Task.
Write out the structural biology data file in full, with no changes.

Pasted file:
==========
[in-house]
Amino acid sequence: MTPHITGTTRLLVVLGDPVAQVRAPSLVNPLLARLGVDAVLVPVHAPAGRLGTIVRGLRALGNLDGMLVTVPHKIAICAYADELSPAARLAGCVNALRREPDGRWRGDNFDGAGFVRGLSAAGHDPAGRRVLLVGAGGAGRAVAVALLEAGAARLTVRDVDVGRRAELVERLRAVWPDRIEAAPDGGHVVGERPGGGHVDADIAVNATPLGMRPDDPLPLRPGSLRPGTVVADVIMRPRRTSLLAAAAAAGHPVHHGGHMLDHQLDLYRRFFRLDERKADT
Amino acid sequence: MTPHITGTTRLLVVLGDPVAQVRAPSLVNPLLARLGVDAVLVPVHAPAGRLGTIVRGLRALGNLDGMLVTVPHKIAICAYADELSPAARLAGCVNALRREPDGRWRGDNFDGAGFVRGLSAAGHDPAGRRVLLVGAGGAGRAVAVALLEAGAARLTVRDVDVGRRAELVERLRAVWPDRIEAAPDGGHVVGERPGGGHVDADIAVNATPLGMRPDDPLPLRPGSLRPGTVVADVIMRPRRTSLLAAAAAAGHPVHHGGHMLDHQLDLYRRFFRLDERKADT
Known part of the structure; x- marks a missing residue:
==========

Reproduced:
[in-house]
Amino acid sequence: MTPHITGTTRLLVVLGDPVAQVRAPSLVNPLLARLGVDAVLVPVHAPAGRLGTIVRGLRALGNLDGMLVTVPHKIAICAYADELSPAARLAGCVNALRREPDGRWRGDNFDGAGFVRGLSAAGHDPAGRRVLLVGAGGAGRAVAVALLEAGAARLTVRDVDVGRRAELVERLRAVWPDRIEAAPDGGHVVGERPGGGHVDADIAVNATPLGMRPDDPLPLRPGSLRPGTVVADVIMRPRRTSLLAAAAAAGHPVHHGGHMLDHQLDLYRRFFRLDERKADT
Amino acid sequence: MTPHITGTTRLLVVLGDPVAQVRAPSLVNPLLARLGVDAVLVPVHAPAGRLGTIVRGLRALGNLDGMLVTVPHKIAICAYADELSPAARLAGCVNALRREPDGRWRGDNFDGAGFVRGLSAAGHDPAGRRVLLVGAGGAGRAVAVALLEAGAARLTVRDVDVGRRAELVERLRAVWPDRIEAAPDGGHVVGERPGGGHVDADIAVNATPLGMRPDDPLPLRPGSLRPGTVVADVIMRPRRTSLLAAAAAAGHPVHHGGHMLDHQLDLYRRFFRLDERKADT
Known part of the structure; x- marks a missing residue: